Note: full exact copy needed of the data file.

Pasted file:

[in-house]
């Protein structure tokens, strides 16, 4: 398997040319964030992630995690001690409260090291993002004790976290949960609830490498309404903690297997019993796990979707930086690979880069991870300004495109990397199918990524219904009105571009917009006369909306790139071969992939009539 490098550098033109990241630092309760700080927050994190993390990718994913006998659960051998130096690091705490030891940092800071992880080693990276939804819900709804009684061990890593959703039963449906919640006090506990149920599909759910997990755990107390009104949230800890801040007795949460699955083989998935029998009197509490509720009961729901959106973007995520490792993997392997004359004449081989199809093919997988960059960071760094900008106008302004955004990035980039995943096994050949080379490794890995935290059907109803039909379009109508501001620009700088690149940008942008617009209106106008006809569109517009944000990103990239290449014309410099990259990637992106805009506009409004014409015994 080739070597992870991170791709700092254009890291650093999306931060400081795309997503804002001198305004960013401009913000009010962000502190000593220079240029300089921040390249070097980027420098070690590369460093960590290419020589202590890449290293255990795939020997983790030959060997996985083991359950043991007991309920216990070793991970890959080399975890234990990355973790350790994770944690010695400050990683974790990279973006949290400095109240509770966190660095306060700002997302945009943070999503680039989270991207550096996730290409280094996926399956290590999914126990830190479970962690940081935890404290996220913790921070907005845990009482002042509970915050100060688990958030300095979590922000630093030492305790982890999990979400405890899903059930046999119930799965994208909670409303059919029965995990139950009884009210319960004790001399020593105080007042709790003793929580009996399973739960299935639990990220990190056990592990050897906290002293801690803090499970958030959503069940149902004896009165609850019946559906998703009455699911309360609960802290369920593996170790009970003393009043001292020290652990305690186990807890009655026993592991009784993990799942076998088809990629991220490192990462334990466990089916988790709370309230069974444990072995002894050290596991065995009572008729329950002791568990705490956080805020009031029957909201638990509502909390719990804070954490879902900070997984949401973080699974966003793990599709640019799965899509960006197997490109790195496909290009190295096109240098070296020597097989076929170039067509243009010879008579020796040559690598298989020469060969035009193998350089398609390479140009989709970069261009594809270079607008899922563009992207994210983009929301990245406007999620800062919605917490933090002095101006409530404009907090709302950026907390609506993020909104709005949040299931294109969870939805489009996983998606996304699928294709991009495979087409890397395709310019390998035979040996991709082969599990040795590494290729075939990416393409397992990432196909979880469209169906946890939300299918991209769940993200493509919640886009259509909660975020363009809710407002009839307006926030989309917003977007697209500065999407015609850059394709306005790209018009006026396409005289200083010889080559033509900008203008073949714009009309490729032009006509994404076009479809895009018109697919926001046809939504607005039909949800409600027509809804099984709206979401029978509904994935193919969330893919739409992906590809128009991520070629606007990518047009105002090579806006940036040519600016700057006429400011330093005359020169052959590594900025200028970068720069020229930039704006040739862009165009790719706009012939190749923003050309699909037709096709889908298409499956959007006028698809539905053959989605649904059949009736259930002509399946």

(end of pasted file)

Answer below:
[in-house]
């Protein structure tokens, strides 16, 4: 398997040319964030992630995690001690409260090291993002004790976290949960609830490498309404903690297997019993796990979707930086690979880069991870300004495109990397199918990524219904009105571009917009006369909306790139071969992939009539 490098550098033109990241630092309760700080927050994190993390990718994913006998659960051998130096690091705490030891940092800071992880080693990276939804819900709804009684061990890593959703039963449906919640006090506990149920599909759910997990755990107390009104949230800890801040007795949460699955083989998935029998009197509490509720009961729901959106973007995520490792993997392997004359004449081989199809093919997988960059960071760094900008106008302004955004990035980039995943096994050949080379490794890995935290059907109803039909379009109508501001620009700088690149940008942008617009209106106008006809569109517009944000990103990239290449014309410099990259990637992106805009506009409004014409015994 080739070597992870991170791709700092254009890291650093999306931060400081795309997503804002001198305004960013401009913000009010962000502190000593220079240029300089921040390249070097980027420098070690590369460093960590290419020589202590890449290293255990795939020997983790030959060997996985083991359950043991007991309920216990070793991970890959080399975890234990990355973790350790994770944690010695400050990683974790990279973006949290400095109240509770966190660095306060700002997302945009943070999503680039989270991207550096996730290409280094996926399956290590999914126990830190479970962690940081935890404290996220913790921070907005845990009482002042509970915050100060688990958030300095979590922000630093030492305790982890999990979400405890899903059930046999119930799965994208909670409303059919029965995990139950009884009210319960004790001399020593105080007042709790003793929580009996399973739960299935639990990220990190056990592990050897906290002293801690803090499970958030959503069940149902004896009165609850019946559906998703009455699911309360609960802290369920593996170790009970003393009043001292020290652990305690186990807890009655026993592991009784993990799942076998088809990629991220490192990462334990466990089916988790709370309230069974444990072995002894050290596991065995009572008729329950002791568990705490956080805020009031029957909201638990509502909390719990804070954490879902900070997984949401973080699974966003793990599709640019799965899509960006197997490109790195496909290009190295096109240098070296020597097989076929170039067509243009010879008579020796040559690598298989020469060969035009193998350089398609390479140009989709970069261009594809270079607008899922563009992207994210983009929301990245406007999620800062919605917490933090002095101006409530404009907090709302950026907390609506993020909104709005949040299931294109969870939805489009996983998606996304699928294709991009495979087409890397395709310019390998035979040996991709082969599990040795590494290729075939990416393409397992990432196909979880469209169906946890939300299918991209769940993200493509919640886009259509909660975020363009809710407002009839307006926030989309917003977007697209500065999407015609850059394709306005790209018009006026396409005289200083010889080559033509900008203008073949714009009309490729032009006509994404076009479809895009018109697919926001046809939504607005039909949800409600027509809804099984709206979401029978509904994935193919969330893919739409992906590809128009991520070629606007990518047009105002090579806006940036040519600016700057006429400011330093005359020169052959590594900025200028970068720069020229930039704006040739862009165009790719706009012939190749923003050309699909037709096709889908298409499956959007006028698809539905053959989605649904059949009736259930002509399946």